03 August 2013

OMG! I’ve been Tagged

So I’m curious. How many ways can we change the word Said in a story. This made me grab my trusty thesaurus.

Commented, reacted, stated, ejaculated, shouted, expounded, verbalized, blurted, exclaimed…

Yeah, the list isn’t short, as you can see.

What made me start this search, you might ask? Truth is, I was beta reading someone else’s story and I noticed their dialogue tags. You know what I mean, right?

                “By golly, why don’t you know these?” I said.

The words in bold italic are called a dialogue tag. This is what people use to say who’s speaking. Some people like to expand these by changing the word said to something else. Changing it to a full action works better than just changing the word said.

Yeah, let the professor get to the why. It takes a moment.

Said has become an invisible word in prose. People see it, but they drift over it without notice. The words and phrasing of the quote bring more of the explanation of how things are said rather than a single word.

                “Watch Out!” he said.

Yes, I could make that he shouted. Out of context, just using that one line, I might need to change it for understanding. But if we had more of the story with it, the character’s action and vocalization would be better understood.

The boulder rolled off the top of the cliff toward the hikers below. He leaned over and cupped his hands to his mouth.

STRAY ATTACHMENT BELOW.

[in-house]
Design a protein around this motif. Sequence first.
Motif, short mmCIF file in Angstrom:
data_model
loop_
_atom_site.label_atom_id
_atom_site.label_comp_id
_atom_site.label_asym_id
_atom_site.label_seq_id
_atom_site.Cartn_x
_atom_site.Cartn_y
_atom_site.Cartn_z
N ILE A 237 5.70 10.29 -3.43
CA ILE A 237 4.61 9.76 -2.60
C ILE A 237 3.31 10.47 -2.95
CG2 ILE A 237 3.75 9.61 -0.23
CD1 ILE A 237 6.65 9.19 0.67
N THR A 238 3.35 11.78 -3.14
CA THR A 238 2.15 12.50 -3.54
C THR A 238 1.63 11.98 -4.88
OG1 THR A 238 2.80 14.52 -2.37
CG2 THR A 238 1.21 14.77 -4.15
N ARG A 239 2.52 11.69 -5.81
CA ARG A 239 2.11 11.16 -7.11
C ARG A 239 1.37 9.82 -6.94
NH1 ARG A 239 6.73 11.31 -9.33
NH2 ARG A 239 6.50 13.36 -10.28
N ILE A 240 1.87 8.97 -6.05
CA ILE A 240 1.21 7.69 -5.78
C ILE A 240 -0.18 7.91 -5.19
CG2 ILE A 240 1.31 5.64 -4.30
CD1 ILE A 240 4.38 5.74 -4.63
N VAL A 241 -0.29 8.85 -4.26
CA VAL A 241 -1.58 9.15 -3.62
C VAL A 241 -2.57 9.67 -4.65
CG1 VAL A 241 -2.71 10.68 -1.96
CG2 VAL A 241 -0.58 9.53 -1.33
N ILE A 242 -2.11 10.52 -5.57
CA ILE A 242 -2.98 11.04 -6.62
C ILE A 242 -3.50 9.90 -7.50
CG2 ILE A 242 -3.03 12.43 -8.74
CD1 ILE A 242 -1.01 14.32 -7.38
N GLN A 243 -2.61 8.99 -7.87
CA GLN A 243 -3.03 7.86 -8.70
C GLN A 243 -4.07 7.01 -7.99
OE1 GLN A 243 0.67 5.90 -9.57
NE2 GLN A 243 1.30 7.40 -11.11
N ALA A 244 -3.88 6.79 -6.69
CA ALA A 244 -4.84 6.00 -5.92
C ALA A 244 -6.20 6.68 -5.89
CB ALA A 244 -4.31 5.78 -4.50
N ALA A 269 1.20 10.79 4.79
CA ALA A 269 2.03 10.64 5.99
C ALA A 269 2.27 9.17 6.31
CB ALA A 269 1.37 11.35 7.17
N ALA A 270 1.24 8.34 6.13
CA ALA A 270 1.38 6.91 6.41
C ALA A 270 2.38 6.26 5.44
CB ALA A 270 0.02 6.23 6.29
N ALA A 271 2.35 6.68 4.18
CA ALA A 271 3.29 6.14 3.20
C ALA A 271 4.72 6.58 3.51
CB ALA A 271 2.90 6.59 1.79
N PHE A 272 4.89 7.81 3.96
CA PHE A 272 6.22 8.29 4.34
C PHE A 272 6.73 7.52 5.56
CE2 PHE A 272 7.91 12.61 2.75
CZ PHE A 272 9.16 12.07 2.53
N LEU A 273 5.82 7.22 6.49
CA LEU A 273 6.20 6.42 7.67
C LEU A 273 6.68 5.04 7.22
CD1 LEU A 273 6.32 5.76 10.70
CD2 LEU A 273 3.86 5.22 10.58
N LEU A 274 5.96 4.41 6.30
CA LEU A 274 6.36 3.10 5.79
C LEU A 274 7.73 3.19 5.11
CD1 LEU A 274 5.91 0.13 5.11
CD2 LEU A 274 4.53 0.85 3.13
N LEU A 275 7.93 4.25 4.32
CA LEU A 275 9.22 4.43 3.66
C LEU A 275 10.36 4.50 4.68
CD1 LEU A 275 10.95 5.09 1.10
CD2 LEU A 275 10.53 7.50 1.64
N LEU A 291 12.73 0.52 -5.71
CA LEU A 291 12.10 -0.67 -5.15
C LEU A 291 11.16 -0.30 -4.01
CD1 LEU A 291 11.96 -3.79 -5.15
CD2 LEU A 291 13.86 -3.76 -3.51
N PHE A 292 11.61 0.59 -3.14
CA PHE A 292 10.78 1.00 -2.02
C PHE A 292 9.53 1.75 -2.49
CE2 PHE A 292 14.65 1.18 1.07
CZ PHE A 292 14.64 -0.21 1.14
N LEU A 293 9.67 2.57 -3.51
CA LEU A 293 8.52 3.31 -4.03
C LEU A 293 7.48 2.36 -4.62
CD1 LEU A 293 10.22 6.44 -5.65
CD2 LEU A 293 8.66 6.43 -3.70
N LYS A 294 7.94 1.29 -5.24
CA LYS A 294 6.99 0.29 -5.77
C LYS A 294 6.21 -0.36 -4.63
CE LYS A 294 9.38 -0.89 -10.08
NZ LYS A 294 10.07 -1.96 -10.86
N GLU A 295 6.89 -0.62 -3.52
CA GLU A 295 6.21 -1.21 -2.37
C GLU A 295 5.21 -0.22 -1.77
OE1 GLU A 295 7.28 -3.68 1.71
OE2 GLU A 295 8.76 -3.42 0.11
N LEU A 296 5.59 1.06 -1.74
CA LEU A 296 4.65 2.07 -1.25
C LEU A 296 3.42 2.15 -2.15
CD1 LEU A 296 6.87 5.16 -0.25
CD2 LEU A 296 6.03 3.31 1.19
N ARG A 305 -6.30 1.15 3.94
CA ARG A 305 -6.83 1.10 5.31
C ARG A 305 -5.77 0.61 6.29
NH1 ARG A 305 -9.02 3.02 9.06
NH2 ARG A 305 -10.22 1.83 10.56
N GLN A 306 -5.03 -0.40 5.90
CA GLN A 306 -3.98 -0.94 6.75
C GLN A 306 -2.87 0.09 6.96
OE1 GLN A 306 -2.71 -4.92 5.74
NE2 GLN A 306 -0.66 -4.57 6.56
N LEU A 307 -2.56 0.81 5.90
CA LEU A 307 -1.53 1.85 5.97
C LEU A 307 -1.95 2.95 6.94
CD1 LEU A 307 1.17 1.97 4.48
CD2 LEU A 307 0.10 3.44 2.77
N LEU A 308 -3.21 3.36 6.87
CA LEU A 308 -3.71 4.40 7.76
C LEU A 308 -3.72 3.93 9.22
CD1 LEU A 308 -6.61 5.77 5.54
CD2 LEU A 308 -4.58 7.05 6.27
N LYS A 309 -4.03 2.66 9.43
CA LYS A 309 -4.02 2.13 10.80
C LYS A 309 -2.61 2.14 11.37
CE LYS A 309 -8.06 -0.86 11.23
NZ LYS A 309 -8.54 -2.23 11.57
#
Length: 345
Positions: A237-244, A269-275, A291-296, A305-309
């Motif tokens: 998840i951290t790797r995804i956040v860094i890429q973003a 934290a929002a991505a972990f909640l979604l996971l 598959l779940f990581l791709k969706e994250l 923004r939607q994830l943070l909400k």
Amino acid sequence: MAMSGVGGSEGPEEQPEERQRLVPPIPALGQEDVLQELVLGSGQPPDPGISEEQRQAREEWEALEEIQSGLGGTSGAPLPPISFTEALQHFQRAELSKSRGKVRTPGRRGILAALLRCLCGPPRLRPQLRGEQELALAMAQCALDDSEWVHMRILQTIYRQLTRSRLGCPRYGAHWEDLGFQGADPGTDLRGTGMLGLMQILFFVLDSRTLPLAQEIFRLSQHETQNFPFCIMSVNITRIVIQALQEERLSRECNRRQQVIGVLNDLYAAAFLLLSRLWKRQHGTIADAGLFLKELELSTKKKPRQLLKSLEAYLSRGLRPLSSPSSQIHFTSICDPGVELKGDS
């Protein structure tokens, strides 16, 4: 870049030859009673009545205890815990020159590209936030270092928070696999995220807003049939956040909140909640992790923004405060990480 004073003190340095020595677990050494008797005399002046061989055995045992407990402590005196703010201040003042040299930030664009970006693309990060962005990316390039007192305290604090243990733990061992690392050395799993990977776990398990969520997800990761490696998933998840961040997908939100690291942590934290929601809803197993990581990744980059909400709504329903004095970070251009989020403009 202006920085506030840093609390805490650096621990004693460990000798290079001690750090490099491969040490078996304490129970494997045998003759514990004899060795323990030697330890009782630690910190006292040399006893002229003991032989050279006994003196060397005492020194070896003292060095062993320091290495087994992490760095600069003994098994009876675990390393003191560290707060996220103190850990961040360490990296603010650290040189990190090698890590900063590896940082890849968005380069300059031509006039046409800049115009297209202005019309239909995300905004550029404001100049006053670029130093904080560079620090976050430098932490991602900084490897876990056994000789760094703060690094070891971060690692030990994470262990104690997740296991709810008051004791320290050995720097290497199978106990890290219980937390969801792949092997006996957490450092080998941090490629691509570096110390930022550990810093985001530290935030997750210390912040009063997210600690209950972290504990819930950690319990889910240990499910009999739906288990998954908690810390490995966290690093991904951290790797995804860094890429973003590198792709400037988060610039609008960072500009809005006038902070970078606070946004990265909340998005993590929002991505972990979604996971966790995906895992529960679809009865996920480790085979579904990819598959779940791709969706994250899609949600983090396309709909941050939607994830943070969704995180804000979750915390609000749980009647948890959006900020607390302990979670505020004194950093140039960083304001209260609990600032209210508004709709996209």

“Watch Out!” he said.

There, better. Now we see he’d be shouting, without need for the change of tag. Sure, we could. But do we really need to? This is the fun of the writing today. In the older writings, it might have been something else. Said he or shouted he. Aren’t you glad modern writing changed THAT rule? Of course, back then, people also expected an expanded and more verbose prose in their books. They wanted the five pages of description and the expanded tags. Modern readers don’t look for all that. They don’t feel they have the time. We write to appease our audience, even if it is only us.

Here becomes the other fun question of the day. Asked. You’ll notice when I did my question above, I used said. There are multiple schools of thought on asked. Some say if you use the question mark within the quotes, asked becomes redundant. Others say the two are linked. My rule: Whatever makes the story flow the clearest to the reader.

In fact, through all of this, that is probably the biggest thought to take away. Use what makes the story flow the clearest to the reader.

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